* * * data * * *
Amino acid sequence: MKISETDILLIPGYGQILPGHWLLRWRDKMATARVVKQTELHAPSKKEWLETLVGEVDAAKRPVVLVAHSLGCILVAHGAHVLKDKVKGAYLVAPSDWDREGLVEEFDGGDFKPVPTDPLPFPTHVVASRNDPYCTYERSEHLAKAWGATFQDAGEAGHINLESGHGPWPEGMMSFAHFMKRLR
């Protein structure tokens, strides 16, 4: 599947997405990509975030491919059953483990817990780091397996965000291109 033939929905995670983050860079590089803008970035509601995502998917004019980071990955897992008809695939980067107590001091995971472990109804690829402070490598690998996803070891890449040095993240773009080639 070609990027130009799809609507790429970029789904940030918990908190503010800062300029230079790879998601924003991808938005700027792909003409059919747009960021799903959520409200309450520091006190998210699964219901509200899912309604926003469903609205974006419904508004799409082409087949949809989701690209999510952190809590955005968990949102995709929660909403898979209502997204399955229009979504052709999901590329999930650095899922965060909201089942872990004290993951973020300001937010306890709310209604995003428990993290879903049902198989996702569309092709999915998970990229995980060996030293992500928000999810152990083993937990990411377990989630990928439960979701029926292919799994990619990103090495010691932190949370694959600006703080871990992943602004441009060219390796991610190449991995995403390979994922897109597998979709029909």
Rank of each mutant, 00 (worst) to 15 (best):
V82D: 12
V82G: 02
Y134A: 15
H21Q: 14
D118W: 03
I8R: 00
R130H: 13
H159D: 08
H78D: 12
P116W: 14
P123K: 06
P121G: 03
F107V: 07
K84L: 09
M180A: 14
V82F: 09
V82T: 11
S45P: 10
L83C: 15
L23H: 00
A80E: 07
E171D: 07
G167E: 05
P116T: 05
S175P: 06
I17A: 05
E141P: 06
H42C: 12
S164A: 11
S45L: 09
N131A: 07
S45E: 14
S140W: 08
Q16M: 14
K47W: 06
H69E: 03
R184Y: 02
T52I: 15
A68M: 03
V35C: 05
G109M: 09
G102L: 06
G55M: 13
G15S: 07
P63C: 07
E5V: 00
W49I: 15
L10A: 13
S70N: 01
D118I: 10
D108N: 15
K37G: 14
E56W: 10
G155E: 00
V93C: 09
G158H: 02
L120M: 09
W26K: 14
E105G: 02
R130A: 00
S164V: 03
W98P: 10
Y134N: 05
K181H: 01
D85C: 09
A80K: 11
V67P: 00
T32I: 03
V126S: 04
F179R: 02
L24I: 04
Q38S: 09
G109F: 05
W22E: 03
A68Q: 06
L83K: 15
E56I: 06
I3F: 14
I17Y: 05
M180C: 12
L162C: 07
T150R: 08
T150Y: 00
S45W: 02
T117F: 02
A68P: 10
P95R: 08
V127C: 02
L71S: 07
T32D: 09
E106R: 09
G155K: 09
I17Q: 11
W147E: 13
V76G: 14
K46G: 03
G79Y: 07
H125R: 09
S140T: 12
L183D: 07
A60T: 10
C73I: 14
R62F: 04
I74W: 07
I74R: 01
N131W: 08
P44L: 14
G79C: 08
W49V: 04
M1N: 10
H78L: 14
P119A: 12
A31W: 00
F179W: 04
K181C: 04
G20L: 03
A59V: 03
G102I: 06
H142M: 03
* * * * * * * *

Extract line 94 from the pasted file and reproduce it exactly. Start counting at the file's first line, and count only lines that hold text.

E106R: 09